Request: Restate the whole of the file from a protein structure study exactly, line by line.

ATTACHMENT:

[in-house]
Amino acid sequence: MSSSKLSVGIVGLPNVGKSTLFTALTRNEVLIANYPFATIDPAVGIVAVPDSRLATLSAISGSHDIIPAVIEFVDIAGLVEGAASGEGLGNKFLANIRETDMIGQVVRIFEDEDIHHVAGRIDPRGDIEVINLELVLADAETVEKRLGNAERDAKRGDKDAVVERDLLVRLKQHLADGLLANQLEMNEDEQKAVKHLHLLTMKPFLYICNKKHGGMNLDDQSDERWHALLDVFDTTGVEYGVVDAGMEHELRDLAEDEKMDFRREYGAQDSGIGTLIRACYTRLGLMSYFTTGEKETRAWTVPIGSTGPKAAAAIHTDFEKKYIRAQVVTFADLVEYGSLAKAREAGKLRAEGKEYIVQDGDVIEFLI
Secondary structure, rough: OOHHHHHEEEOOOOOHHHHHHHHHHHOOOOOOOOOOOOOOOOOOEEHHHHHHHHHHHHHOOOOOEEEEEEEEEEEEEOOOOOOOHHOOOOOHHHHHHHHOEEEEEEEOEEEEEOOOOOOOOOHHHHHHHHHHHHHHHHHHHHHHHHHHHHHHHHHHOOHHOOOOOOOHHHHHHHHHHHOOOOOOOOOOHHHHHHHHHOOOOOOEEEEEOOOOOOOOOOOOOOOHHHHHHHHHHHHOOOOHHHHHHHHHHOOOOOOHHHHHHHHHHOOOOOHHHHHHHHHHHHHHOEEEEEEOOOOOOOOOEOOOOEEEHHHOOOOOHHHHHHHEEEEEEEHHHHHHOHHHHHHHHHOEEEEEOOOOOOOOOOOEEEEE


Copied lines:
[in-house]
Amino acid sequence: MSSSKLSVGIVGLPNVGKSTLFTALTRNEVLIANYPFATIDPAVGIVAVPDSRLATLSAISGSHDIIPAVIEFVDIAGLVEGAASGEGLGNKFLANIRETDMIGQVVRIFEDEDIHHVAGRIDPRGDIEVINLELVLADAETVEKRLGNAERDAKRGDKDAVVERDLLVRLKQHLADGLLANQLEMNEDEQKAVKHLHLLTMKPFLYICNKKHGGMNLDDQSDERWHALLDVFDTTGVEYGVVDAGMEHELRDLAEDEKMDFRREYGAQDSGIGTLIRACYTRLGLMSYFTTGEKETRAWTVPIGSTGPKAAAAIHTDFEKKYIRAQVVTFADLVEYGSLAKAREAGKLRAEGKEYIVQDGDVIEFLI
Secondary structure, rough: OOHHHHHEEEOOOOOHHHHHHHHHHHOOOOOOOOOOOOOOOOOOEEHHHHHHHHHHHHHOOOOOEEEEEEEEEEEEEOOOOOOOHHOOOOOHHHHHHHHOEEEEEEEOEEEEEOOOOOOOOOHHHHHHHHHHHHHHHHHHHHHHHHHHHHHHHHHHOOHHOOOOOOOHHHHHHHHHHHOOOOOOOOOOHHHHHHHHHOOOOOOEEEEEOOOOOOOOOOOOOOOHHHHHHHHHHHHOOOOHHHHHHHHHHOOOOOOHHHHHHHHHHOOOOOHHHHHHHHHHHHHHOEEEEEEOOOOOOOOOEOOOOEEEHHHOOOOOHHHHHHHEEEEEEEHHHHHHOHHHHHHHHHOEEEEEOOOOOOOOOOOEEEEE